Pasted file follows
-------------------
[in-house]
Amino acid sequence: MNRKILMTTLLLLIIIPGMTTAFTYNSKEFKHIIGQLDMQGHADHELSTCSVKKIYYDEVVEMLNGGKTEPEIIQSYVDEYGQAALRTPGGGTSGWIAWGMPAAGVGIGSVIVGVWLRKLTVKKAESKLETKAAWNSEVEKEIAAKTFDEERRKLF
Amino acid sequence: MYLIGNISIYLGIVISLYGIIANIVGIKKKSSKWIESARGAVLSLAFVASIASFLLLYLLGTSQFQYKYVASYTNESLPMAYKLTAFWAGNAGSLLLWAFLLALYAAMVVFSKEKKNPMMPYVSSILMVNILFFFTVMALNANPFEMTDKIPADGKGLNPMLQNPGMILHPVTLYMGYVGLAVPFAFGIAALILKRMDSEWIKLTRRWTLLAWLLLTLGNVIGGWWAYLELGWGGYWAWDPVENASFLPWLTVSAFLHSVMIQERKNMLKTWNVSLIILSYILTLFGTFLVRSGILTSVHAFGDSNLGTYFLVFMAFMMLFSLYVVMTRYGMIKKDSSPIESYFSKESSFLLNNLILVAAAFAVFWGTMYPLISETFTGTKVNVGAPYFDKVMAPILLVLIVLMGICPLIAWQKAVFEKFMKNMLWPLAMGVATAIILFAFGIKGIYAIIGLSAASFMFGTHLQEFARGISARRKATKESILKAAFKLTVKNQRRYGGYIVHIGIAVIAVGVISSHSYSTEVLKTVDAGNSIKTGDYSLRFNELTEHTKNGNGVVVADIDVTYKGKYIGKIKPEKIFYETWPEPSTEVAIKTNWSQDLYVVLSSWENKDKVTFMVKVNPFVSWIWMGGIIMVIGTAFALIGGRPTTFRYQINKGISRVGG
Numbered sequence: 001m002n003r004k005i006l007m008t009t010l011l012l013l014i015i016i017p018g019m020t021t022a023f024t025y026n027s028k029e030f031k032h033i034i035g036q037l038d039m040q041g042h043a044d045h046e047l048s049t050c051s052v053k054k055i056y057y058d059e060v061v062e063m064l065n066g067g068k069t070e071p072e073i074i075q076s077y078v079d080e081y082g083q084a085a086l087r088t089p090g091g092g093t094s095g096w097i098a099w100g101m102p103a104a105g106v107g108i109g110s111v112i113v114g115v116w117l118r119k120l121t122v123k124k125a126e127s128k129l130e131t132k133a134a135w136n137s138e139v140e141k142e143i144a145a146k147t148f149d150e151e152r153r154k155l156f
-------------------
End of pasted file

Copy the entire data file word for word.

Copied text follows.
[in-house]
Amino acid sequence: MNRKILMTTLLLLIIIPGMTTAFTYNSKEFKHIIGQLDMQGHADHELSTCSVKKIYYDEVVEMLNGGKTEPEIIQSYVDEYGQAALRTPGGGTSGWIAWGMPAAGVGIGSVIVGVWLRKLTVKKAESKLETKAAWNSEVEKEIAAKTFDEERRKLF
Amino acid sequence: MYLIGNISIYLGIVISLYGIIANIVGIKKKSSKWIESARGAVLSLAFVASIASFLLLYLLGTSQFQYKYVASYTNESLPMAYKLTAFWAGNAGSLLLWAFLLALYAAMVVFSKEKKNPMMPYVSSILMVNILFFFTVMALNANPFEMTDKIPADGKGLNPMLQNPGMILHPVTLYMGYVGLAVPFAFGIAALILKRMDSEWIKLTRRWTLLAWLLLTLGNVIGGWWAYLELGWGGYWAWDPVENASFLPWLTVSAFLHSVMIQERKNMLKTWNVSLIILSYILTLFGTFLVRSGILTSVHAFGDSNLGTYFLVFMAFMMLFSLYVVMTRYGMIKKDSSPIESYFSKESSFLLNNLILVAAAFAVFWGTMYPLISETFTGTKVNVGAPYFDKVMAPILLVLIVLMGICPLIAWQKAVFEKFMKNMLWPLAMGVATAIILFAFGIKGIYAIIGLSAASFMFGTHLQEFARGISARRKATKESILKAAFKLTVKNQRRYGGYIVHIGIAVIAVGVISSHSYSTEVLKTVDAGNSIKTGDYSLRFNELTEHTKNGNGVVVADIDVTYKGKYIGKIKPEKIFYETWPEPSTEVAIKTNWSQDLYVVLSSWENKDKVTFMVKVNPFVSWIWMGGIIMVIGTAFALIGGRPTTFRYQINKGISRVGG
Numbered sequence: 001m002n003r004k005i006l007m008t009t010l011l012l013l014i015i016i017p018g019m020t021t022a023f024t025y026n027s028k029e030f031k032h033i034i035g036q037l038d039m040q041g042h043a044d045h046e047l048s049t050c051s052v053k054k055i056y057y058d059e060v061v062e063m064l065n066g067g068k069t070e071p072e073i074i075q076s077y078v079d080e081y082g083q084a085a086l087r088t089p090g091g092g093t094s095g096w097i098a099w100g101m102p103a104a105g106v107g108i109g110s111v112i113v114g115v116w117l118r119k120l121t122v123k124k125a126e127s128k129l130e131t132k133a134a135w136n137s138e139v140e141k142e143i144a145a146k147t148f149d150e151e152r153r154k155l156f